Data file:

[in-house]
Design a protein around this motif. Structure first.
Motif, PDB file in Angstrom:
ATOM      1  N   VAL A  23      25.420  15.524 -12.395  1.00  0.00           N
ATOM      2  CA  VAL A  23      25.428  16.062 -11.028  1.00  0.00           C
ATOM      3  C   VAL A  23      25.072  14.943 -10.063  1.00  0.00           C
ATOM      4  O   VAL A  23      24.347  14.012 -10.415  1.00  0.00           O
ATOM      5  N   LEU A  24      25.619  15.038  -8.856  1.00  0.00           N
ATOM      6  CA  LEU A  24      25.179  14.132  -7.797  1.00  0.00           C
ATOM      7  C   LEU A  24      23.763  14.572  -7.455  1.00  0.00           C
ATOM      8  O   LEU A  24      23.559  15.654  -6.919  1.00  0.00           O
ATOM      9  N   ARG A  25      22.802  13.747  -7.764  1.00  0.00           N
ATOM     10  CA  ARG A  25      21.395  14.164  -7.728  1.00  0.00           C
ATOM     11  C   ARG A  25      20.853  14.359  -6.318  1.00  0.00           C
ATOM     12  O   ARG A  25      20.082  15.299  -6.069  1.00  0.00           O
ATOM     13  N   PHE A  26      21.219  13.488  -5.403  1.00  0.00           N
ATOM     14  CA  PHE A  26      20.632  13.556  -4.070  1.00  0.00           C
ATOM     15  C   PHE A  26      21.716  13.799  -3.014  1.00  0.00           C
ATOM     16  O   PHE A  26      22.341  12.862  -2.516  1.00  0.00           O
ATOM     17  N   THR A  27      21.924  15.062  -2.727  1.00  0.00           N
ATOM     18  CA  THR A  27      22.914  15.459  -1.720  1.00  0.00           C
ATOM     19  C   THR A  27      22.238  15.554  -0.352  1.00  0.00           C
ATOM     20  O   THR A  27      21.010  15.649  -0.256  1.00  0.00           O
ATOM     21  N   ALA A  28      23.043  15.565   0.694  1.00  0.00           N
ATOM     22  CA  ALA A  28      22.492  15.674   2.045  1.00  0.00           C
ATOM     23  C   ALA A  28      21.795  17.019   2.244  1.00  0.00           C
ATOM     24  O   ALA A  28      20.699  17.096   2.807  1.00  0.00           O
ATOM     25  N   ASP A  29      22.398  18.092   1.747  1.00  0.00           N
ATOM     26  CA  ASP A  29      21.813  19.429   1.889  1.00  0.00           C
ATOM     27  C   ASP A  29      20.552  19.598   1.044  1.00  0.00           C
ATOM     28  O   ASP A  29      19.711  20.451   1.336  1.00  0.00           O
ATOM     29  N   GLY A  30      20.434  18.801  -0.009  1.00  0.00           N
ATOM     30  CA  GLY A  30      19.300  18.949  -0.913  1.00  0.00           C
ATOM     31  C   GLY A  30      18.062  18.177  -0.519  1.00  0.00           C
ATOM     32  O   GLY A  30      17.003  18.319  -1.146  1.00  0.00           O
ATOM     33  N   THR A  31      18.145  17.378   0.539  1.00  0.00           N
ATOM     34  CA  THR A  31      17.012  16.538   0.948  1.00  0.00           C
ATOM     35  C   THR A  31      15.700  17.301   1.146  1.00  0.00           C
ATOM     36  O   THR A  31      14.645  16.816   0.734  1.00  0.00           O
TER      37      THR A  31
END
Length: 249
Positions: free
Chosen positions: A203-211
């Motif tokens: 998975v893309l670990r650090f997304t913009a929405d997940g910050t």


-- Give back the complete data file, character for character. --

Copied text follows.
[in-house]
Design a protein around this motif. Structure first.
Motif, PDB file in Angstrom:
ATOM      1  N   VAL A  23      25.420  15.524 -12.395  1.00  0.00           N
ATOM      2  CA  VAL A  23      25.428  16.062 -11.028  1.00  0.00           C
ATOM      3  C   VAL A  23      25.072  14.943 -10.063  1.00  0.00           C
ATOM      4  O   VAL A  23      24.347  14.012 -10.415  1.00  0.00           O
ATOM      5  N   LEU A  24      25.619  15.038  -8.856  1.00  0.00           N
ATOM      6  CA  LEU A  24      25.179  14.132  -7.797  1.00  0.00           C
ATOM      7  C   LEU A  24      23.763  14.572  -7.455  1.00  0.00           C
ATOM      8  O   LEU A  24      23.559  15.654  -6.919  1.00  0.00           O
ATOM      9  N   ARG A  25      22.802  13.747  -7.764  1.00  0.00           N
ATOM     10  CA  ARG A  25      21.395  14.164  -7.728  1.00  0.00           C
ATOM     11  C   ARG A  25      20.853  14.359  -6.318  1.00  0.00           C
ATOM     12  O   ARG A  25      20.082  15.299  -6.069  1.00  0.00           O
ATOM     13  N   PHE A  26      21.219  13.488  -5.403  1.00  0.00           N
ATOM     14  CA  PHE A  26      20.632  13.556  -4.070  1.00  0.00           C
ATOM     15  C   PHE A  26      21.716  13.799  -3.014  1.00  0.00           C
ATOM     16  O   PHE A  26      22.341  12.862  -2.516  1.00  0.00           O
ATOM     17  N   THR A  27      21.924  15.062  -2.727  1.00  0.00           N
ATOM     18  CA  THR A  27      22.914  15.459  -1.720  1.00  0.00           C
ATOM     19  C   THR A  27      22.238  15.554  -0.352  1.00  0.00           C
ATOM     20  O   THR A  27      21.010  15.649  -0.256  1.00  0.00           O
ATOM     21  N   ALA A  28      23.043  15.565   0.694  1.00  0.00           N
ATOM     22  CA  ALA A  28      22.492  15.674   2.045  1.00  0.00           C
ATOM     23  C   ALA A  28      21.795  17.019   2.244  1.00  0.00           C
ATOM     24  O   ALA A  28      20.699  17.096   2.807  1.00  0.00           O
ATOM     25  N   ASP A  29      22.398  18.092   1.747  1.00  0.00           N
ATOM     26  CA  ASP A  29      21.813  19.429   1.889  1.00  0.00           C
ATOM     27  C   ASP A  29      20.552  19.598   1.044  1.00  0.00           C
ATOM     28  O   ASP A  29      19.711  20.451   1.336  1.00  0.00           O
ATOM     29  N   GLY A  30      20.434  18.801  -0.009  1.00  0.00           N
ATOM     30  CA  GLY A  30      19.300  18.949  -0.913  1.00  0.00           C
ATOM     31  C   GLY A  30      18.062  18.177  -0.519  1.00  0.00           C
ATOM     32  O   GLY A  30      17.003  18.319  -1.146  1.00  0.00           O
ATOM     33  N   THR A  31      18.145  17.378   0.539  1.00  0.00           N
ATOM     34  CA  THR A  31      17.012  16.538   0.948  1.00  0.00           C
ATOM     35  C   THR A  31      15.700  17.301   1.146  1.00  0.00           C
ATOM     36  O   THR A  31      14.645  16.816   0.734  1.00  0.00           O
TER      37      THR A  31
END
Length: 249
Positions: free
Chosen positions: A203-211
């Motif tokens: 998975v893309l670990r650090f997304t913009a929405d997940g910050t």